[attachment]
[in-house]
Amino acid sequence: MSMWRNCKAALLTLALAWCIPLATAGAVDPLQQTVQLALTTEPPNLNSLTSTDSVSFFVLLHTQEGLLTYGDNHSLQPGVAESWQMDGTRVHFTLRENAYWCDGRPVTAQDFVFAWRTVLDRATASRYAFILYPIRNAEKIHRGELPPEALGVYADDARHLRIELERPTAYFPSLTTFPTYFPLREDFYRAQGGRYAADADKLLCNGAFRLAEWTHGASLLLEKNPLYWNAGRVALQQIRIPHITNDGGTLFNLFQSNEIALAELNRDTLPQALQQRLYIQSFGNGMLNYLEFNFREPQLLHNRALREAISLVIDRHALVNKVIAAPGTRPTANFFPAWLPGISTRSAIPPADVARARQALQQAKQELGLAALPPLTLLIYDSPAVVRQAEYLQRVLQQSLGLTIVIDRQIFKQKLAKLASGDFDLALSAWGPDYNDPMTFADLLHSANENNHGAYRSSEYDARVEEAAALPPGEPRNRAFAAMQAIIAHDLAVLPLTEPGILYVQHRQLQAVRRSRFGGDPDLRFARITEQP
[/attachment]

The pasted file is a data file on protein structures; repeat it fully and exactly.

[in-house]
Amino acid sequence: MSMWRNCKAALLTLALAWCIPLATAGAVDPLQQTVQLALTTEPPNLNSLTSTDSVSFFVLLHTQEGLLTYGDNHSLQPGVAESWQMDGTRVHFTLRENAYWCDGRPVTAQDFVFAWRTVLDRATASRYAFILYPIRNAEKIHRGELPPEALGVYADDARHLRIELERPTAYFPSLTTFPTYFPLREDFYRAQGGRYAADADKLLCNGAFRLAEWTHGASLLLEKNPLYWNAGRVALQQIRIPHITNDGGTLFNLFQSNEIALAELNRDTLPQALQQRLYIQSFGNGMLNYLEFNFREPQLLHNRALREAISLVIDRHALVNKVIAAPGTRPTANFFPAWLPGISTRSAIPPADVARARQALQQAKQELGLAALPPLTLLIYDSPAVVRQAEYLQRVLQQSLGLTIVIDRQIFKQKLAKLASGDFDLALSAWGPDYNDPMTFADLLHSANENNHGAYRSSEYDARVEEAAALPPGEPRNRAFAAMQAIIAHDLAVLPLTEPGILYVQHRQLQAVRRSRFGGDPDLRFARITEQP